Here are some cogent facts about wind power. The U.K. president for German energy giant E.ON stated wind power requires 90% backup from gas or coal plants due to its unreliable and intermittent nature. The average efficiency of onshore wind power generation, accepted by Ontario’s Independent Electricity System Operator (IESO) and other grid operators, is 30% of their rated capacity; the Ontario Society of Professional Engineers (OSPE) supports that claim. OSPE also note the actual value of a kWh of wind is 3 cents a kWh (fuel costs) as all it does is displace gas generators when it is generating during high demand periods. On occasion, wind turbines will generate power at levels over 90% and other times at 0% of capacity. When wind power is generated during low demand hours, the IESO is forced to spill hydro, steam off nuclear or curtail power from the wind turbines, in order to manage the grid. When wind turbines operate at lower capacity levels during peak demand times, other suppliers such as gas plants are called on for what is needed to meet demand.
Bearing all that in mind, it is worth looking at wind generation’s effect on costs in the first six months of 2016 and ask, are the costs are reflective of the $135/MWh (+ up to 20% COL [cost of living] increases) 20 year contracts IESO, and the Ontario Power Authority awarded?
As of June 30, 2016, Ontario had 3,823 MW grid-connected wind turbines and 515 MW distributor-connected. The Ontario Energy Reports for the 1st two quarters of 2016 indicate that wind turbines contributed 4.6 terawatts (TWh) of power, which represented 5.9% of Ontario’s consumption of 69.3 TWh.
Missing something important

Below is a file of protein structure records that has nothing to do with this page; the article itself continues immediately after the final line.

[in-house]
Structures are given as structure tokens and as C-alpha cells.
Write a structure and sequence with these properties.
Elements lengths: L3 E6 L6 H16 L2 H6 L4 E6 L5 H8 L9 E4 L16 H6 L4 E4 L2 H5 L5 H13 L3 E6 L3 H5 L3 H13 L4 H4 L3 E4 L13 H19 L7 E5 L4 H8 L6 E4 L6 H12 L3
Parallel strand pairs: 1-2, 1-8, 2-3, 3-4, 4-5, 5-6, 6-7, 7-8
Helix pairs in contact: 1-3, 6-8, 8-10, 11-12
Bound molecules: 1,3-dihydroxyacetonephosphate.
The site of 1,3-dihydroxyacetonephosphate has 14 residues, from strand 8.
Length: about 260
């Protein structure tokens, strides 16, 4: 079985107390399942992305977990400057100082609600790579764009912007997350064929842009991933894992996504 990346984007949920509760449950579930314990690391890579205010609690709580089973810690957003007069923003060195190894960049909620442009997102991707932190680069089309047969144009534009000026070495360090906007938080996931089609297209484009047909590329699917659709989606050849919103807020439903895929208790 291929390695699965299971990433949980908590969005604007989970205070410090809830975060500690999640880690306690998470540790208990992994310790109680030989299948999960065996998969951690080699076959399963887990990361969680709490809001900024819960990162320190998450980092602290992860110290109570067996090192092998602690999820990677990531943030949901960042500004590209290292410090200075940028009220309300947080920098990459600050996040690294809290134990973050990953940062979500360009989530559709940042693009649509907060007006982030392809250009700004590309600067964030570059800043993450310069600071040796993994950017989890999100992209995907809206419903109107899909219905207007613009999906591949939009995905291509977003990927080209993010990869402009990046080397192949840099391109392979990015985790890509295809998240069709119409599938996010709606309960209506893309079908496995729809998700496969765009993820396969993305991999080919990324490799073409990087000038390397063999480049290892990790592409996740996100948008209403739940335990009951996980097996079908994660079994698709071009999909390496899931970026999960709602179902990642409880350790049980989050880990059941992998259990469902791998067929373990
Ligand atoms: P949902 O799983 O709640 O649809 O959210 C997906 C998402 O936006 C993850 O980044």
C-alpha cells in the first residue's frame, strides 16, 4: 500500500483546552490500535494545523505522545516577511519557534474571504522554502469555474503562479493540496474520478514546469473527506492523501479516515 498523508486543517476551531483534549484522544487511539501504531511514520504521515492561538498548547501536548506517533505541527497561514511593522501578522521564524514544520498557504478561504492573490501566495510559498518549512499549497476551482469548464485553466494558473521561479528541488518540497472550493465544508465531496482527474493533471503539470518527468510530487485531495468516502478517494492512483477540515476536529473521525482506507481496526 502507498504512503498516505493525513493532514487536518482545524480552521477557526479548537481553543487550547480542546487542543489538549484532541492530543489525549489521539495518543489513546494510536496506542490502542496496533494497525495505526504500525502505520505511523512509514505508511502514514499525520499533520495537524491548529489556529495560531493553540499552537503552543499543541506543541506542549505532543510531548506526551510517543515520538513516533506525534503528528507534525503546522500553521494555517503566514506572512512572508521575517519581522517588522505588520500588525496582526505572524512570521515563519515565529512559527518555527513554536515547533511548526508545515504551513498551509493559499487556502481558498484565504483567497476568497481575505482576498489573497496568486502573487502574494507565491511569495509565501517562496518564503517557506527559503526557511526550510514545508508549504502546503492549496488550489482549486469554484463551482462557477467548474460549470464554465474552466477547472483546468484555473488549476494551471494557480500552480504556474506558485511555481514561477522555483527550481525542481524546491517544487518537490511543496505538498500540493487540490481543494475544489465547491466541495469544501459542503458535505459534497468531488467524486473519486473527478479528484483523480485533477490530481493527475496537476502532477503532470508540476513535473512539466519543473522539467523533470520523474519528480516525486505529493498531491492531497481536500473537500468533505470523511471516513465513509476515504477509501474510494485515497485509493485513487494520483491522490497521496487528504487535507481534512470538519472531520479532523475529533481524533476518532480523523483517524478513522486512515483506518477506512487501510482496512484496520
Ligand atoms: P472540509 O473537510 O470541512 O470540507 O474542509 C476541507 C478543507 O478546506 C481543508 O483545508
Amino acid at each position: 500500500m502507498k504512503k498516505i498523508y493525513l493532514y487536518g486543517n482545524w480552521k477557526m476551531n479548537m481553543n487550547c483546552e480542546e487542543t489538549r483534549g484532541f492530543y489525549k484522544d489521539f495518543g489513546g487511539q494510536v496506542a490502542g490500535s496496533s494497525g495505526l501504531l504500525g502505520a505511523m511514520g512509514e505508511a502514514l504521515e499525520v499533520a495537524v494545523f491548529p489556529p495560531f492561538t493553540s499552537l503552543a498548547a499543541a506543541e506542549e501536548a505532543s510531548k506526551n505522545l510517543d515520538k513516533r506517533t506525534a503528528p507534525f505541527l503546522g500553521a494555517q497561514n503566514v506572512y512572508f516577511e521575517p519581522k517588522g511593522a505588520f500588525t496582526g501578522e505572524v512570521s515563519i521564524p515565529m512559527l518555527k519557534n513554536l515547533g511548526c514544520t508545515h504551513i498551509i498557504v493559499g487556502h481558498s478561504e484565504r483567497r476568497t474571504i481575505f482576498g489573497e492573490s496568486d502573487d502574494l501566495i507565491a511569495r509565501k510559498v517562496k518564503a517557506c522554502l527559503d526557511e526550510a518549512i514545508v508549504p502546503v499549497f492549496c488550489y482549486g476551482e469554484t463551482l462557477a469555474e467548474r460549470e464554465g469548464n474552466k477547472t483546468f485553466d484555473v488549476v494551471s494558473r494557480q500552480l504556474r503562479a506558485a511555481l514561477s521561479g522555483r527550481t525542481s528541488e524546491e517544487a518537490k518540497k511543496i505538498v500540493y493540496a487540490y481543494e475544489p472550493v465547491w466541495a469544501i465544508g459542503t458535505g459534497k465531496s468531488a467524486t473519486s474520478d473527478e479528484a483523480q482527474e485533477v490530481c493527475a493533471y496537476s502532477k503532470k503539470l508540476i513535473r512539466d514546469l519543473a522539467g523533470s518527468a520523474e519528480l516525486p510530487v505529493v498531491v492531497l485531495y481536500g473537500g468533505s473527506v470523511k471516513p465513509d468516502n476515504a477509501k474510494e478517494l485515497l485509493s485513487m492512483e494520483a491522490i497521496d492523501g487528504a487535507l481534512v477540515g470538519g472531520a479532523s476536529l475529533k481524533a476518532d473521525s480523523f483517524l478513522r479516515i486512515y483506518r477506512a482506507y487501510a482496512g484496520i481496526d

Not mentioned in those reports is the “curtailed” wind. The cost of curtailed wind (estimated at $120 per/MWh) is part of the electricity line on our bills via the Global Adjustment, or GA. Estimates by energy analyst Scott Luft have curtailed wind in the first six months of 2016 at 1.228 TWh.
So, based on the foregoing, the GA cost of grid-accepted and curtailed IWT generation in the first six months of 2016 was $759.2 million, made up of a cost of $611.8 million for grid-delivered generation (estimated at $133 million per TWh) and $147.4 million for curtailed generation. Those two costs on their own mean the per kWh cost of wind was 16.5 cents/kWh (3.2 cents about the average of 13.3 cents/kWh). The $759.2 million was 12% of the GA costs ($6.3 billion) for the six months for 5.9% of the power contributed.
But hold on, that’s not all. We know that wind turbines need gas plant backup, so those costs should be included, too. Those costs (due to the peaking abilities of gas plants) currently are approximately $160/MWh (at 20% of capacity utilization) meaning payments to idling plants for the 4.6 TWh backup was about $662 million. That brings the overall cost of the wind power contribution to the GA to about $1.421 billion, for a per kWh rate of 30.9 cents. If you add in costs of spilled or wasted hydro power to make way for wind (3.4 TWh in the first six months) and steamed off nuclear generation at Bruce Power (unknown and unreported) the cost per/kWh would be higher still.
So when the moneyed corporate wind power lobbyist CanWEA claims that the latest procurement of IWT is priced at 8.59 cents per kWh, they are purposely ignoring the costs of curtailed wind and the costs of gas plant backup.
22% of the costs for 5.9% of the power
Effectively, for the first six months of 2016 the $1.421 billion in costs to deliver 4.6 TWh of wind-generated power represented 22.5% of the total GA of $6.3 billion but delivered only 5.9% of the power. Each of the kWh delivered by IWT, at a cost of 30.9 cents/kWh was 2.8 times the average cost set by the OEB and billed to the ratepayer. As more wind turbines are added to the grid (Ontario signed contracts for more in April 2016), the costs described here will grow and be billed to Ontario’s consumers.
CanWEA recently claimed “Ontario’s decision to nurture a clean energy economy was a smart investment and additional investments in wind energy will provide an increasingly good news story for the province’s electricity customers.”
There is plenty of evidence to counter the claim that wind power is “a smart investment.” But it is true that this is a “good news story” — for the wind power developers, that is. They rushed to Ontario to obtain the generous above-market rates handed out at the expense of Ontario’s residents and businesses. And we’re all paying for it.